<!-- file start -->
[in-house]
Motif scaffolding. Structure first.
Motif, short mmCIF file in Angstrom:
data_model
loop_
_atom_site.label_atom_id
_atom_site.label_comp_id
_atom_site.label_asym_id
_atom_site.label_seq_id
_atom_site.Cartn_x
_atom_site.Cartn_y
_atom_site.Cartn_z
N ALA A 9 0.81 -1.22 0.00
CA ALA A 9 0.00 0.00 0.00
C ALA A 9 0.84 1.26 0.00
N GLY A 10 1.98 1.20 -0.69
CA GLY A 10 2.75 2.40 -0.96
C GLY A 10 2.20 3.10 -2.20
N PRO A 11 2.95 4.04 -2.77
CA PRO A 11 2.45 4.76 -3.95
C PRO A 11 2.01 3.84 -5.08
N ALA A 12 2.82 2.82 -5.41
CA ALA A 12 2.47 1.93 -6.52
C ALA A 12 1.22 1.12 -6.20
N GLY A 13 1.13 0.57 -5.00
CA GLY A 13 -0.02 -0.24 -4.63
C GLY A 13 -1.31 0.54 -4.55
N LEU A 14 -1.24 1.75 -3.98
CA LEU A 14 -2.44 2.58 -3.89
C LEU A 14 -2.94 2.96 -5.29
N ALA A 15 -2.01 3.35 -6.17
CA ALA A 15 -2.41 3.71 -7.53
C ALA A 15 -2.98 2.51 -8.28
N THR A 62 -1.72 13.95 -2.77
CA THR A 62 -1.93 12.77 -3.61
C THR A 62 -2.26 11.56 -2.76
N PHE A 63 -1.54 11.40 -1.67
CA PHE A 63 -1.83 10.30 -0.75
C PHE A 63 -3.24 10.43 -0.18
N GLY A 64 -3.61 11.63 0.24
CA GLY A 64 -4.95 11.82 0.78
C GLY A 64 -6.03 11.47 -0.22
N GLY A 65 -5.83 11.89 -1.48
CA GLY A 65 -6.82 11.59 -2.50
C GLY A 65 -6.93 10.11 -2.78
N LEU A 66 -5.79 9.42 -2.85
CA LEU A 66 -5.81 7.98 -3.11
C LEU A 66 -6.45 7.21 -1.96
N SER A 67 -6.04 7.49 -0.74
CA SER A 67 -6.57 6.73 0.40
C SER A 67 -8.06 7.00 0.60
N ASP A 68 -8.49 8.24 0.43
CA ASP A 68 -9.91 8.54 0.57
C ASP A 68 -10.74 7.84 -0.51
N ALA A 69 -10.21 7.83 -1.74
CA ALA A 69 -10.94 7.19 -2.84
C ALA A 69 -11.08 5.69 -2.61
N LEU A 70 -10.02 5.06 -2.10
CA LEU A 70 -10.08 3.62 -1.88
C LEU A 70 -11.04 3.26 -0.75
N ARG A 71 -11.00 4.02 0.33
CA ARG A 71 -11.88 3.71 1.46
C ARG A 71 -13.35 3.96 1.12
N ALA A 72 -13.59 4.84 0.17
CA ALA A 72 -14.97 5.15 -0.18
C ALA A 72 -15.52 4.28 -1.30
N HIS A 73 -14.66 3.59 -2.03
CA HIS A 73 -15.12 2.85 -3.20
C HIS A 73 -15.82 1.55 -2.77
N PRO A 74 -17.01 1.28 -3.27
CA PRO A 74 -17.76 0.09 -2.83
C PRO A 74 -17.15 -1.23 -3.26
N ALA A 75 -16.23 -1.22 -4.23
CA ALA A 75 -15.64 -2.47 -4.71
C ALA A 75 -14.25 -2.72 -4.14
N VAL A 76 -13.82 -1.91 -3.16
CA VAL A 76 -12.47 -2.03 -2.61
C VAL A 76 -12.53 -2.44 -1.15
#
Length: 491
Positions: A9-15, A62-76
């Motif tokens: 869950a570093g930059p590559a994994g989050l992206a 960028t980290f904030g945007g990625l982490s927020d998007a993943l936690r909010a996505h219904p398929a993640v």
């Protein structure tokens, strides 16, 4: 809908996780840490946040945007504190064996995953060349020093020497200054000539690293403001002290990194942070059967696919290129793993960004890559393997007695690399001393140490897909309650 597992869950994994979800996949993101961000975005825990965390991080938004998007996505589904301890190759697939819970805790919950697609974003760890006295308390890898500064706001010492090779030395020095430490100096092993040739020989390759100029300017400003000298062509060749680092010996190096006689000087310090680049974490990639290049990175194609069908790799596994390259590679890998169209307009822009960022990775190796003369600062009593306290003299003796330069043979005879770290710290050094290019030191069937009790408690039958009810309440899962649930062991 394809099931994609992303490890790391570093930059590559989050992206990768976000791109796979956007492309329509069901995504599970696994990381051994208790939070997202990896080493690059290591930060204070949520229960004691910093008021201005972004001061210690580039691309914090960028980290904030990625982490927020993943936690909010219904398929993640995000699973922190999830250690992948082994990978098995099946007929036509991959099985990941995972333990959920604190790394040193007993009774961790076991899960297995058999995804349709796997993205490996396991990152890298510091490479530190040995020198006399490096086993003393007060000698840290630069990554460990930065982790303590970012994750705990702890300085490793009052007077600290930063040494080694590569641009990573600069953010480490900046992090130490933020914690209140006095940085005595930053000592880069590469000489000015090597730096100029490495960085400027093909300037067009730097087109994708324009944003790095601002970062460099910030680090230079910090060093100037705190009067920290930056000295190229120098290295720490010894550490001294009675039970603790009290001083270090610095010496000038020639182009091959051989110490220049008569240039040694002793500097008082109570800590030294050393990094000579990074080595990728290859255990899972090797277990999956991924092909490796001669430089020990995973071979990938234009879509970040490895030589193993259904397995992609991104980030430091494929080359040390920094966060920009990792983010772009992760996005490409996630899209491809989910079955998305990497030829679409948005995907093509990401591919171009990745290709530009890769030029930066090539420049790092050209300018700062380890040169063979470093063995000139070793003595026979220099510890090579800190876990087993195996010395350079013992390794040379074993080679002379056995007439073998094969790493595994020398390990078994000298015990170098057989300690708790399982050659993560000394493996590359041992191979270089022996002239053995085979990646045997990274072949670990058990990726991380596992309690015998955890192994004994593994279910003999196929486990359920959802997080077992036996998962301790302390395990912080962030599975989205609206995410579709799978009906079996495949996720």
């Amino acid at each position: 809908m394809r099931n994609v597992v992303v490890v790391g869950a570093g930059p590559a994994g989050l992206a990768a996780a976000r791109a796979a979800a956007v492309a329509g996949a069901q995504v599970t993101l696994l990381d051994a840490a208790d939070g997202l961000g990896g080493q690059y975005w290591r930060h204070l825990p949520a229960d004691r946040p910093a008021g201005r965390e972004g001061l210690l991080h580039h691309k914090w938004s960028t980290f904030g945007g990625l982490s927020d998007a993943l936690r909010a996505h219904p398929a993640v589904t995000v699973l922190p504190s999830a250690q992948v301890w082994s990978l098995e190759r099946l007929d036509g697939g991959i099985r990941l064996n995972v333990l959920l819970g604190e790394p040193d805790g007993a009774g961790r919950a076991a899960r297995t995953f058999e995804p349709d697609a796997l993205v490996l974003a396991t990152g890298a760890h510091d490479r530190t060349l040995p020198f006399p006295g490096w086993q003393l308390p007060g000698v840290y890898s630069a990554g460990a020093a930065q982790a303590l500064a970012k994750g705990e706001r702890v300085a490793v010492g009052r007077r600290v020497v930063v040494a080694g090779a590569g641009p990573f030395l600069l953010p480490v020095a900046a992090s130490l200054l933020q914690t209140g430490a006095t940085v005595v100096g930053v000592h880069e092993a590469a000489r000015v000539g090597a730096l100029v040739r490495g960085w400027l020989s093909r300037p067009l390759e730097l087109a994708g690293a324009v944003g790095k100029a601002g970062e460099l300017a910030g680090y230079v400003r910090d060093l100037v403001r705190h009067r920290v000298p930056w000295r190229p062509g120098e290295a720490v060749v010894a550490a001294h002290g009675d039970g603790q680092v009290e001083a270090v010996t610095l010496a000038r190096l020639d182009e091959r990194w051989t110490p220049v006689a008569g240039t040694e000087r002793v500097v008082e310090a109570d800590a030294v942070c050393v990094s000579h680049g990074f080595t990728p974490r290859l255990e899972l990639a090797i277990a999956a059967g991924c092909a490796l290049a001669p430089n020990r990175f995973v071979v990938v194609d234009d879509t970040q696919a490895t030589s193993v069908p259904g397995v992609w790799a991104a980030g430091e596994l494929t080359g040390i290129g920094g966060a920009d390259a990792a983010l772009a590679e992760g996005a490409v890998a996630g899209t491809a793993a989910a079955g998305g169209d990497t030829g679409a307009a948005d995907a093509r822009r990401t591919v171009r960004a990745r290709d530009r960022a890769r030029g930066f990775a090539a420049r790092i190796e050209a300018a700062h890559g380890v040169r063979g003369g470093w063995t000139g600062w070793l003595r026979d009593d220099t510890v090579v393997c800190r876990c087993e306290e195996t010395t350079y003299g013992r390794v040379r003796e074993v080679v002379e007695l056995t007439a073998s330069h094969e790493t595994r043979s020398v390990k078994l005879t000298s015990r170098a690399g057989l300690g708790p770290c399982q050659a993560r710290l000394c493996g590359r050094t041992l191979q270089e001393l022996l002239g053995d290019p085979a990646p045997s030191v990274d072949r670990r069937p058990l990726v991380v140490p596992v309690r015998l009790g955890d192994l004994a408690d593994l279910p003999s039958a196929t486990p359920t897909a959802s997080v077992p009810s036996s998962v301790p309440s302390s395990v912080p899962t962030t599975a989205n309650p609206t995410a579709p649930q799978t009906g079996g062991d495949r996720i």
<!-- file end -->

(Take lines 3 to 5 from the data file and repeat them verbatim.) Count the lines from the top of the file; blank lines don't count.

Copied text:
Motif, short mmCIF file in Angstrom:
data_model
loop_